Reply To: YouTube Video: “I did the double slit experiment at home”


Greetings, Lal!

Thank you for sharing your journey of learning dhamma.


From my early years, I wanted to “get to the bottom” of any subject, and thus I read everything I could get my hands on. I think that mindset led me naturally to specialize in physics. I came to the United States for graduate studies and have been here since then. I worked at the Oak Ridge National Laboratory after getting my Ph.D. and taught a few courses at the close-by University of Tennessee, Knoxville.

I have inclination like you too , Lal. I thought I could find the answers to questions of life, existence, purpose, meaning and suffering through physics. I will finish the bachelor’s degree in physics in few months.

I searched for answers widely for many years, but all worldviews failed to incorporate all the
different facets of life and existence.

I sought transcendence from mundane existence. Initially when I came across dhamma, I was sad for while, because, I wanted some sort of higher purpose and meaning to life and existence. But, well, obviously there is none.

There were lots of contradiction and lack of clarity and facts in many worldviews that I explored.

Only buddha dhamma is ultimate theory of literally everything, which is 100% self consistent.

Ofcourse, we can only say that with faith emerging from removal of dukkhā.

Even though I liked doing research, I was getting “burned out” with administrative responsibilities and keeping up with environmental compliance activities. So, I took early retirement. I started reading widely again and naturally started thinking seriously about Buddha Dhamma. I had the essential background, but there were many “unanswered questions.” Thanks to the internet, I could listen to discourses by many prominent bhikkhus in Sri Lanka and elsewhere.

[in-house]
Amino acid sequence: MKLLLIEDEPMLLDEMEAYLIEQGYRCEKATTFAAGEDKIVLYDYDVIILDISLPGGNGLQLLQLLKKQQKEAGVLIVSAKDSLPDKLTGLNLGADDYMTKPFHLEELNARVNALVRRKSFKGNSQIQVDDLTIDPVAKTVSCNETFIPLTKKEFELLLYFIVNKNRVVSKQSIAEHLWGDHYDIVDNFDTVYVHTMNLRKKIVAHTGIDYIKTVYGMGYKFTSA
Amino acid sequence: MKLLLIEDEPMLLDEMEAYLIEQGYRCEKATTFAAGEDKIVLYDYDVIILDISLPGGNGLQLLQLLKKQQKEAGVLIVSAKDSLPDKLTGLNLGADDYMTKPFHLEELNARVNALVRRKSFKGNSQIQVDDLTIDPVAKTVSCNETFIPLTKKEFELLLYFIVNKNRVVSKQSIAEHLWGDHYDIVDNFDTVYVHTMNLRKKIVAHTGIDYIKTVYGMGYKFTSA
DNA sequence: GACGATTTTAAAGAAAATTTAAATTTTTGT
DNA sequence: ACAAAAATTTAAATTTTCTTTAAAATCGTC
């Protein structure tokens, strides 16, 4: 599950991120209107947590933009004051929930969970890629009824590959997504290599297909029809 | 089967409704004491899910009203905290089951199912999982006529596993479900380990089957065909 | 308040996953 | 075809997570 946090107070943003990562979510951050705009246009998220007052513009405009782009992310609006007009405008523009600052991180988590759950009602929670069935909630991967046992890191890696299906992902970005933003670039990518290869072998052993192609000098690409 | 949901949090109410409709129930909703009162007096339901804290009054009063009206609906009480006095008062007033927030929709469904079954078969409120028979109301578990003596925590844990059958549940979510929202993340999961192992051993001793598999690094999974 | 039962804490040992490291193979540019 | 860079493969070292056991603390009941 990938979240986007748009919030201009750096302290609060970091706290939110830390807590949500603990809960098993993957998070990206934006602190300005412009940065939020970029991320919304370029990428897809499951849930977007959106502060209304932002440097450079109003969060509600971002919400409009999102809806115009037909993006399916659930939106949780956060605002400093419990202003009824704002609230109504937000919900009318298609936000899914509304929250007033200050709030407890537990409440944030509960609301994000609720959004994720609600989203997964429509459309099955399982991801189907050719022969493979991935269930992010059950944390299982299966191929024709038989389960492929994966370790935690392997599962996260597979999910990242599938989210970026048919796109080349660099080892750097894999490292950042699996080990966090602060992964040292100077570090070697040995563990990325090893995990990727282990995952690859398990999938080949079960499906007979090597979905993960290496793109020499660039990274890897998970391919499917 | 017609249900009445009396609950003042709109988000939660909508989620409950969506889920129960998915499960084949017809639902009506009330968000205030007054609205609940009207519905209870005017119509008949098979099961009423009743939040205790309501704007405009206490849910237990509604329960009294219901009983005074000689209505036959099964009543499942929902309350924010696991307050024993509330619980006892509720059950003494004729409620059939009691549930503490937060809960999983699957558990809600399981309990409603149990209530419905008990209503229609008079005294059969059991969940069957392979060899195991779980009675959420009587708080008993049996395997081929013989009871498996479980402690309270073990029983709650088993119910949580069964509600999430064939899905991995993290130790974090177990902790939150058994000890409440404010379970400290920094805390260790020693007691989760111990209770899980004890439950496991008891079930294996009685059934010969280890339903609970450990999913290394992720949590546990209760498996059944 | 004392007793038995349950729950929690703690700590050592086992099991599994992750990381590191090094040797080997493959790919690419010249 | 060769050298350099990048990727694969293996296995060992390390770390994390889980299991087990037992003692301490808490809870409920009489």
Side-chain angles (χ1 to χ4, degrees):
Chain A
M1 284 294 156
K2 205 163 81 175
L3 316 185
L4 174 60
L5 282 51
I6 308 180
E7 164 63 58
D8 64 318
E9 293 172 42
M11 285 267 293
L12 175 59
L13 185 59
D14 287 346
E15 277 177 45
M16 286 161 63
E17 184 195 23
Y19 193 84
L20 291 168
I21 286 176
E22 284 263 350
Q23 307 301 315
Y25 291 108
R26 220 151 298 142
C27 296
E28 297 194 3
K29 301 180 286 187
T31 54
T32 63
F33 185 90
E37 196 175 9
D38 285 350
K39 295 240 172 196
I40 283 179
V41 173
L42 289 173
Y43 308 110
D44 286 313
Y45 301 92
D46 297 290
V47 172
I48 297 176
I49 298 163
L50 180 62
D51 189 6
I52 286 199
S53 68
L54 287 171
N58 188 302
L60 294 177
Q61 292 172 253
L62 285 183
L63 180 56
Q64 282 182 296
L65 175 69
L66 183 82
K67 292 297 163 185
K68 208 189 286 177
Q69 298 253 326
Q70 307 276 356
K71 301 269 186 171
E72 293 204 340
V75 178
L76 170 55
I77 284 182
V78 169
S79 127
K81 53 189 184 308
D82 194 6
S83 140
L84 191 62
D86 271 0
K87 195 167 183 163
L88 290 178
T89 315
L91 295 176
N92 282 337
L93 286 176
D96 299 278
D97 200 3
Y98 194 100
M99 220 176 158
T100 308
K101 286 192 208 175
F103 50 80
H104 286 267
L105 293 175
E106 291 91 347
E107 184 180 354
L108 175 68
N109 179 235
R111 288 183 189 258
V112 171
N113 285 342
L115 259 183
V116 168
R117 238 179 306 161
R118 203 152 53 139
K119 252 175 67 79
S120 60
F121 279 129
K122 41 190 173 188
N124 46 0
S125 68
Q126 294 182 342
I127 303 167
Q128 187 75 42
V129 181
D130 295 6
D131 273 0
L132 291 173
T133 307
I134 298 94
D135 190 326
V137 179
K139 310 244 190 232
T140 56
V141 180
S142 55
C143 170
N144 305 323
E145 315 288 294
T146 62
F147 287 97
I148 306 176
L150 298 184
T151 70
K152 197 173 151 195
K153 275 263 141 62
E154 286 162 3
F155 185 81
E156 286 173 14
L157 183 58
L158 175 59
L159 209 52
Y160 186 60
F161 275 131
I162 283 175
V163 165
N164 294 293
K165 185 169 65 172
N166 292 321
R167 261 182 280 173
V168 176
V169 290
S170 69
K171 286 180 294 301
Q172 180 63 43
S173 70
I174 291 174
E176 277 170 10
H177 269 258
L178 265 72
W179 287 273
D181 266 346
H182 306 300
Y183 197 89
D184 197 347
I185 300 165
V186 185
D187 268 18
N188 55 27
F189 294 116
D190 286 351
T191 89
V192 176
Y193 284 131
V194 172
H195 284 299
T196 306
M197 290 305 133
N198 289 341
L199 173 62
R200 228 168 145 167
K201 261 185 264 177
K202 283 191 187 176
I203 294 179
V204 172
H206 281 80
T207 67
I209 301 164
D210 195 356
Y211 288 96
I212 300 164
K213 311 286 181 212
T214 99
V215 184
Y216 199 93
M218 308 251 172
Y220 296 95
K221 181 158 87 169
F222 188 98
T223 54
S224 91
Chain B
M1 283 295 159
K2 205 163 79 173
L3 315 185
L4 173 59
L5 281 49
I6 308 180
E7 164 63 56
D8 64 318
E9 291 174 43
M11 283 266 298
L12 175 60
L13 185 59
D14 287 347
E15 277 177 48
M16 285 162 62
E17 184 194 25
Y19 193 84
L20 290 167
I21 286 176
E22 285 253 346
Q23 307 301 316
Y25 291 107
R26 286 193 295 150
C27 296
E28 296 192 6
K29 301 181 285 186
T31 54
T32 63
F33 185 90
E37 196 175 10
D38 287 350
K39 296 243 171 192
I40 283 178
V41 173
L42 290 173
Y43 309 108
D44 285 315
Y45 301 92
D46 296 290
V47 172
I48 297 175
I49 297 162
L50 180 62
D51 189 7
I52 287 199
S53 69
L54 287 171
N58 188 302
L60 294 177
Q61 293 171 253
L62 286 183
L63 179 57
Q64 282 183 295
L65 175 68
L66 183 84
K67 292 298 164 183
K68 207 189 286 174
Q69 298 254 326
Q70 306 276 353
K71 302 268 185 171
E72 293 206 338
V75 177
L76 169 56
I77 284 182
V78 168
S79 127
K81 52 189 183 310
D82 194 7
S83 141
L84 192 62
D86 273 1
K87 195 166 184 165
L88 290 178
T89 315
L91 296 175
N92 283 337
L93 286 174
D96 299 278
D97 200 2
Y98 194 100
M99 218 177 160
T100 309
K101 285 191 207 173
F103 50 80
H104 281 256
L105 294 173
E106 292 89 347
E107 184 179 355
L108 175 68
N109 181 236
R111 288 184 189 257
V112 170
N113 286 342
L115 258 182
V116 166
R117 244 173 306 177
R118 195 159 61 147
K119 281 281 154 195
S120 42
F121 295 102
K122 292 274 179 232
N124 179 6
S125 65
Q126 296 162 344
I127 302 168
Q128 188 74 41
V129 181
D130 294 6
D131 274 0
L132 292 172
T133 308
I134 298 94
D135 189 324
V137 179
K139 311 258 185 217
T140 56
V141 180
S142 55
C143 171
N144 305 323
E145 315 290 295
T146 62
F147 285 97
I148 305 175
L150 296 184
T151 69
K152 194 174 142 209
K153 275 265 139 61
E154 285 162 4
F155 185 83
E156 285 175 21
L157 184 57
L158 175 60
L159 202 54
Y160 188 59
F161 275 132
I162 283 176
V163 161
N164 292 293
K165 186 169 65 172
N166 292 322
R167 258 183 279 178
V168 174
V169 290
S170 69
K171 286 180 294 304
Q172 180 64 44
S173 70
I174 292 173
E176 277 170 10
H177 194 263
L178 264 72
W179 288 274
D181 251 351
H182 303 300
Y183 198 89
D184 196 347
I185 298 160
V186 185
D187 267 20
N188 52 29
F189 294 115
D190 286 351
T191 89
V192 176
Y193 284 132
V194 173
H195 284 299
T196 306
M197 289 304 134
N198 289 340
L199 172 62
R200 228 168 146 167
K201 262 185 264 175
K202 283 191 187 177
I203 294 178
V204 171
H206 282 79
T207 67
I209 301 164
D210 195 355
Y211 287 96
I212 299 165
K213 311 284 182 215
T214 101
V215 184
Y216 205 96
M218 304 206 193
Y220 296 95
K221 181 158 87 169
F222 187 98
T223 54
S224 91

Lal, It is great to see the work you have done despite your age.

Very Inspiring to read that you plan to write double of what you have already wrote so far on website.

One must have an interest in pursuing any subject. If someone is not interested in Buddha Dhamma, that is because one does not have the necessary background. It takes effort to set up that background, especially in the Western world. When engaged in the “rat race” trying to experience maximum sensory pleasures (and how to pay for such activities), there is hardly any time left to investigate issues like the “meaning of life.”

Very true, Lal.

I highly recommend taking notes while reading or listening to Dhamma.
– I have done it from my school days (on any subject). Even if I may not read some of them, just writing down what one learns helps get it into “long-term memory.” I have accumulated a pile of notebooks from Waharaka Thero’s discourses. I recently glanced through them and saw that I had taken notes of the same discourse a few times in some cases (unknowingly.) But the interesting point is that my latter notes are much better; they were taken with a better understanding.

Yes, I take lots of notes in different forms too. I tried mind maps, but, it became overwhelming. Nowadays I just draw flowcharts and take plain written notes from Desanas, Reading posts, sutta, essays, tipitaka etc.

Many people don’t really understand the power of taking notes. Taking notes is very efficient way to expand RAM (working memory) of our CPU (brain).

With notes, one can hold many facts simultaneously in mind.

Also, it is very very interesting to hear about “Piles” of notebooks made from sermons of thero. This is the real temptation for me! :)

There is always room to improve. Only a Buddha knows everything perfectly. But it is an exhilarating experience to advance on the Path as things become clear more easily. Now I can read an earlier post of mine or a sutta translation by another person and see the flaws right away, in most cases.

Yes, It is really exhilarating experience. I am confident in your ability that you can explain many concepts of dhamma from many many different POV.

As you have said at few places,
Once the fundamentals are strong and clear, buddhda dhamma learning journey can be really exponential.


Learning and realising dhamma seems almost impossible feet to achieve, considering the timescale of saṁsāra and odds of so many variables aligning in suitable way. Thanks to you many have accomplished this almost impossible feet!

Thank you for very detailed reply, Lal.

Thanks to Seng Kiat too for maintaining forum, for ebook compilation, website etc.

Many merits to both of you and may blessings of noble triple gem be always with all of us.


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